Tuesday, March 2, 2010

High Hopes

High Hopes
     (written by Gilmour, Samson)

Beyond the horizon of the place we lived when we were young
In a world of magnets and miracles
Our thoughts strayed constantly and without boundary
The ringing of the division bell had begun

Along the Long Road and on down the Causeway
Do they still meet there by the Cut

There was a ragged band that followed in our footsteps
Running before time took our dreams away
Leaving the myriad small creatures trying to tie us to the ground
To a life consumed by slow decay

The grass was greener
The light was brighter
With friends surrounded
The nights of wonder

Looking beyond the embers of bridges glowing behind us
To a glimpse of how green it was on the other side
Steps taken forwards but sleepwalking back again
Dragged by the force of some inner tide

At a higher altitude with flag unfurled
We reached the dizzy heights of that dreamed-of world

Encumbered forever by desire and ambition
There's a hunger still unsatisfied
Our weary eyes still stray to the horizon
Though down this road we've been so many times

The grass was greener
The light was brighter
The taste was sweeter
The nights of wonder
With friends surrounded
The dawn mist glowing
The water flowing
The endless river

Forever and ever

Steve O'Rourke: "-lo?"
Charlie:  "Yes!"
SOR:  "Is that Charlie?"
Charlie:  "Yes."
SOR:  "Hello Charlie."

SOR:  "Great."

Dave Gilmour: "High Hopes was really the last one, it was written after all the others were in some form or another. I think I wrote it in July [1993] or something. It was very very quick. It's one of those ones that works quickly but beautifully almost immediately and I came up with a tiny bit of music, just had it on a cassette, just a few bars of piano and then I went off to get away to a small house somewhere with my girlfriend Polly and try and make some progress on lyric writing and she gave me a phrase, something about 'before time wears you down' and I took it from there and got stuck into a whole sort of thing about — I suppose my — it's autobiographical, I suppose. I'd have to say on that one, it's about my life, Cambridge life, my childhood I suppose. We came up with it very very quickly, we wrote most of the words to it in a day and then I went back to the studio with no-one else there, the minute I got back and put a demo down of it, did everything myself on it, and it was virtually complete in a day."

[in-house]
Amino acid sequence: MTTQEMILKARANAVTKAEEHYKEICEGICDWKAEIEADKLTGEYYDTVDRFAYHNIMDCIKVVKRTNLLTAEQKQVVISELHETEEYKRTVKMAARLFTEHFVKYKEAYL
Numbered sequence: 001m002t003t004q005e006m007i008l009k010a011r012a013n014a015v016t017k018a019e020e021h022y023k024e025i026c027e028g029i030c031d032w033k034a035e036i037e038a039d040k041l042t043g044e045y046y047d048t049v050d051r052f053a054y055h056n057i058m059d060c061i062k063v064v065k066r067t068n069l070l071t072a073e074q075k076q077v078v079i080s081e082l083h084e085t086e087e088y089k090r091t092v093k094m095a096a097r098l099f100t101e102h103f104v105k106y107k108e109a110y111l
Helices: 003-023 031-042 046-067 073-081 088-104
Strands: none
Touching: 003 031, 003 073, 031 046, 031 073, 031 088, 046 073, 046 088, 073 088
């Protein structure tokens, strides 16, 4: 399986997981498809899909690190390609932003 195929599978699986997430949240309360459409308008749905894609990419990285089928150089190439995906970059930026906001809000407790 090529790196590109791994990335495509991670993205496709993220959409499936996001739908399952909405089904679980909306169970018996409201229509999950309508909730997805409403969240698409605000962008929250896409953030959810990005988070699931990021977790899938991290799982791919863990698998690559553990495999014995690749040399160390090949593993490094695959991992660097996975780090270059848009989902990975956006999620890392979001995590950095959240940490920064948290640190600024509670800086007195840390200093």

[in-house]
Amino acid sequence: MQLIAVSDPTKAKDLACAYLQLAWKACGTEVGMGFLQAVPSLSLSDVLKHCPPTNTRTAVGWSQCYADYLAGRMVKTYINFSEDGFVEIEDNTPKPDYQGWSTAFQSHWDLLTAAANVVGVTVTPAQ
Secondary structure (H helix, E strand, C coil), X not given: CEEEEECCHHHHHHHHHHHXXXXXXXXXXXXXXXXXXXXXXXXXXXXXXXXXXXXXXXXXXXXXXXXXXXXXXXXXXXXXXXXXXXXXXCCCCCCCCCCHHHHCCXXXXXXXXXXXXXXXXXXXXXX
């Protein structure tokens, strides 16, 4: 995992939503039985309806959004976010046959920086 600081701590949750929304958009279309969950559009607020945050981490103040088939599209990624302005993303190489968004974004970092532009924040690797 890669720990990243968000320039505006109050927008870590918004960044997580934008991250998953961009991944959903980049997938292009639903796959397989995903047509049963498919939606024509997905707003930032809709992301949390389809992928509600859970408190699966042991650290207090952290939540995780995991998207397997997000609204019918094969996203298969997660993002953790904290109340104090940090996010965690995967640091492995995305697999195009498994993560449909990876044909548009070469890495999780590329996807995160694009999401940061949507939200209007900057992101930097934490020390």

In an additional allusion to the theme of (non-) communication on the album, at the very end of this track can be heard a brief and altogether unsuccessful telephone conversation between Steve O'Rourke (the band's manager) and Polly Samson's son Charlie.

Cluster One
What Do You Want from Me
Poles Apart
Great Day for Freedom, A
Wearing the Inside Out
Take It Back
Coming Back to Life
Keep Talking
Lost for Words
High Hopes

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